Star Trek for the arcade was released in 1973, becoming the third consecutive smash hit for Syzygy. The dying embers of Moonshot Lunacy did not make a dent on overall sales, helping to prove that the Trekkies had exceptional tenacity. [6] The game was a tactical shooter, from the perspective of the bridge of the Enterprise; the monitor on the arcade cabinet was intended to represent the main viewscreen. Two main enemy ships would engage the Enterprise: Klingon ships, which had weaker firepower but more hit points; and Romulan ships, which had stronger guns and could “blink” in and out of view (representing their cloaking technology), but were also something of a glass cannon, which could be destroyed with as little as one hit. Because Star Trek, the video game, proved very nearly as influential as the television series did; the two distinct types of enemies could be dispatched with two distinct weapons types: the phasers (which could be fired for prolonged periods by holding down the “phaser button” on the control console) or the torpedoes (which could only be fired one at a time), which was a revolutionary innovation. Though it was obviously much easier to score multiple hits against enemies using the phaser, it was much weaker than the torpedo, which, if aimed dead-centre at the Romulan bird of prey, would destroy it in a single hit. For aim was also an important consideration: fewer hit points were deducted for a glancing blow as opposed to a direct hit. Though other potential strategic variations could have included affecting maneuverability and ship’s sub-systems, this was beyond processor capacity when the game was first released; later versions did include some of these features. [7] But as for that first game, even the Enterprise did not recognize the difference between (recoverable) shield damage and hull damage, which did at least guarantee an eventual ending, however depressing the implications might have been – story details were extremely thin by necessity, but the obvious takeaway was that the Enterprise was the only ship defending some key strategic objective against waves and waves of allied Klingon-Romulan attackers, only to inevitably fall like the 300 or the Alamo. [8]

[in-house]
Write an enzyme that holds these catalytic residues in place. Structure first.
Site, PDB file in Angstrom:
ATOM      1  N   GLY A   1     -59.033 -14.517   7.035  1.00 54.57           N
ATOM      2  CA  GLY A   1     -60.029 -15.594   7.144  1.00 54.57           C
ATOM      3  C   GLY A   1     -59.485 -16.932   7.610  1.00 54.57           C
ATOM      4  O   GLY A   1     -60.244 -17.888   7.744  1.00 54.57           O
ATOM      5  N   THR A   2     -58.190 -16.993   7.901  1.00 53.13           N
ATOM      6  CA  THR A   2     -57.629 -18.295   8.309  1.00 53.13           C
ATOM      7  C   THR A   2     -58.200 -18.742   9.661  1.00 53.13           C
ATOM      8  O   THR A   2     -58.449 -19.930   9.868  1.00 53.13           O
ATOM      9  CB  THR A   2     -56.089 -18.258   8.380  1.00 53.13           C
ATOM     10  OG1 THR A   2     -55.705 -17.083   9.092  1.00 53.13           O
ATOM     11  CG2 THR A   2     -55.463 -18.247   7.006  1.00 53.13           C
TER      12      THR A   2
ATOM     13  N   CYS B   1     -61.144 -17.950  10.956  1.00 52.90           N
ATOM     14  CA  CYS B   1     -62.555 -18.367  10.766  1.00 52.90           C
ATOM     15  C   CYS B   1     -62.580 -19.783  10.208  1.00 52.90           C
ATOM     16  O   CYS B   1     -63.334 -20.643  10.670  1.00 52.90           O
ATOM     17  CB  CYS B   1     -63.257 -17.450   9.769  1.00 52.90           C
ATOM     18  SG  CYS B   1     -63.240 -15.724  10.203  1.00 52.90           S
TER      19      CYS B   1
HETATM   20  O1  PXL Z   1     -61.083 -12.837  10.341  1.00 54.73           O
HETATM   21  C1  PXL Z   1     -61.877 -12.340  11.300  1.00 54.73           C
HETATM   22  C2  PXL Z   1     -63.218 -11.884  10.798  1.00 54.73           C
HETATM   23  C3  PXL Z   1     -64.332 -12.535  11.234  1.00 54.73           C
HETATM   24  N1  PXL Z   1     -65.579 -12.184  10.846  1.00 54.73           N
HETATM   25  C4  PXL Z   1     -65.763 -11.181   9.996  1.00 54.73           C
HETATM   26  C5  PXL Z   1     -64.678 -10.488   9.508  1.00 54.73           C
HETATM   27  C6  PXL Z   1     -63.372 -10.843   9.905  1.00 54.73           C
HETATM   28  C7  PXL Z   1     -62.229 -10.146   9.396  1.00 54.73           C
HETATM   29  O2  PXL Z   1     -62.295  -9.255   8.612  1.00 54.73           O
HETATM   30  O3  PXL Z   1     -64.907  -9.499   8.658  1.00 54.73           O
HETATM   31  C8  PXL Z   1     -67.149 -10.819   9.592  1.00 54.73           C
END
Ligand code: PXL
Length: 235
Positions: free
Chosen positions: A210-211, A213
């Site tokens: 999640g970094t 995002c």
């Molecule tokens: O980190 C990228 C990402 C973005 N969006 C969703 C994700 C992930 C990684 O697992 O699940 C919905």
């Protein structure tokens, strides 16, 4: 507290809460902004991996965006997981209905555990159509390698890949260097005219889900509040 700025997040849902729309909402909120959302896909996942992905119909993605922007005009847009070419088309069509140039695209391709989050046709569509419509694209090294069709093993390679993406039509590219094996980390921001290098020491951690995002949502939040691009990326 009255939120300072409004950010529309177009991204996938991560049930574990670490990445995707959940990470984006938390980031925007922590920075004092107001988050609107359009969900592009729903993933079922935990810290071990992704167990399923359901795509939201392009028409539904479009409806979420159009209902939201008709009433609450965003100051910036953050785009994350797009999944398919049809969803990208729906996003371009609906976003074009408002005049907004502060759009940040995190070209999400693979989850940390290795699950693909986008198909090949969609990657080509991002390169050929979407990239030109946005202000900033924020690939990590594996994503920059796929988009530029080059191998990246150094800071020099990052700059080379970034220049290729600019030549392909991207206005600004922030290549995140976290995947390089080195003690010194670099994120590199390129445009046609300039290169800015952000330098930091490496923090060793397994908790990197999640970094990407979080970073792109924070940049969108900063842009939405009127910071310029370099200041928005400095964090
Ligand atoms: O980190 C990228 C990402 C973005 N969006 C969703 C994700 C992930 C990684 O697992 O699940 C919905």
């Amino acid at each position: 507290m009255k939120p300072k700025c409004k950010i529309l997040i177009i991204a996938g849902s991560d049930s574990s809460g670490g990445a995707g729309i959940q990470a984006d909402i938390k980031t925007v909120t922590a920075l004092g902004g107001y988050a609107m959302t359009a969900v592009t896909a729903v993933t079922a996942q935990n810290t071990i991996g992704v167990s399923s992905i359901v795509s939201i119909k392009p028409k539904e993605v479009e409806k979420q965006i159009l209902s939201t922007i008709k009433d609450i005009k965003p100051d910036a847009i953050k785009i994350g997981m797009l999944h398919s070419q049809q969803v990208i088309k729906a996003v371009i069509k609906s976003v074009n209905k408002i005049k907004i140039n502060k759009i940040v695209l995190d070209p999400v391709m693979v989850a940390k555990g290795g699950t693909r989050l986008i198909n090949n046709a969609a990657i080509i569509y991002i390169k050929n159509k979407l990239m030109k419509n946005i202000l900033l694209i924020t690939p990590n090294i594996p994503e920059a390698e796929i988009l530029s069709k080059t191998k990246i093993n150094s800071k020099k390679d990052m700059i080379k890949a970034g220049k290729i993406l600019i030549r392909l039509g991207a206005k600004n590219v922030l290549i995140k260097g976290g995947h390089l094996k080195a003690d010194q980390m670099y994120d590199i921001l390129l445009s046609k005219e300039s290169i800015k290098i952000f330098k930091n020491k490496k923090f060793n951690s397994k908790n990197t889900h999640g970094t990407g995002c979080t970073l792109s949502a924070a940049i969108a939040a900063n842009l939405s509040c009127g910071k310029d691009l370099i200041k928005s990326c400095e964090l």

This was the primary reason that there was some reservation among Trekkies with regards to the game. Most of them did appreciate it for what it was – a chance to fight the Klingons and the Romulans head-on – but in addition to the story implications (the definition of canon and plot continuity being an important issues in 1970s fandom), many bemoaned the lack of that which made Star Trek what it was – the iconic sets, the dazzling art design, the engaging storytelling, and above all else, the characterization. However enjoyable a diversion this arcade game might have been, it wasn’t really Star Trek. [9] Nolan Bushnell at Syzygy honestly couldn’t have cared less, for his game had succeeded in every other respect: it was a technological milestone, it sold like hotcakes, and it provided his company with one more exemplar of what was developing into a truly impressive portfolio. Lucille Ball, obviously, had to pay more heed to these dissenting voices, which were magnified by her lieutenants, Solow and Justman. Star Trek was a brand of quality, one that transcended the technological and conceptual limitations of its original medium, and the same would have to be true for adaptations into other new media. [10] This issue was raised by Ball in her subsequent discussions with Bushnell, who explained that – in contrast to television, which, as I Love Lucy demonstrated, was able to achieve its creative peak early in its history – video games were a medium that needed years, even decades, to fully mature. And long-term planning necessitated long-term funding. The Desilu coffers, needless to say, were practically full-to-bursting, something that could surely benefit the voracious appetite for cash inflows in the research and development department at Syzygy. Thus began a series of negotiations that would, by the time of the initial public offering of Syzygy shares, culminate in Lucille Ball becoming the single largest shareholder of the corporation, through Desilu. Though many of her fellows wanted to elect her to the Board of Directors (with the understanding that she would become Chair), she declined, citing the operation of Desilu as a full-time job, beyond which even a token presence on another company’s Board would be too great a commitment. (Ball was well-known for spending most of her free time touring the United States with her popular lecture circuits, and in reality likely did not want to cut back on those. [11]) In any event, Desilu’s controlling influence in Syzygy was tantamount to a permanent licencing agreement (which was, nevertheless, formally negotiated for the benefit of their legal team); the classic Star Trek game was “ported”, in the parlance of the industry, to the VCS as a launch title, and sold very well indeed…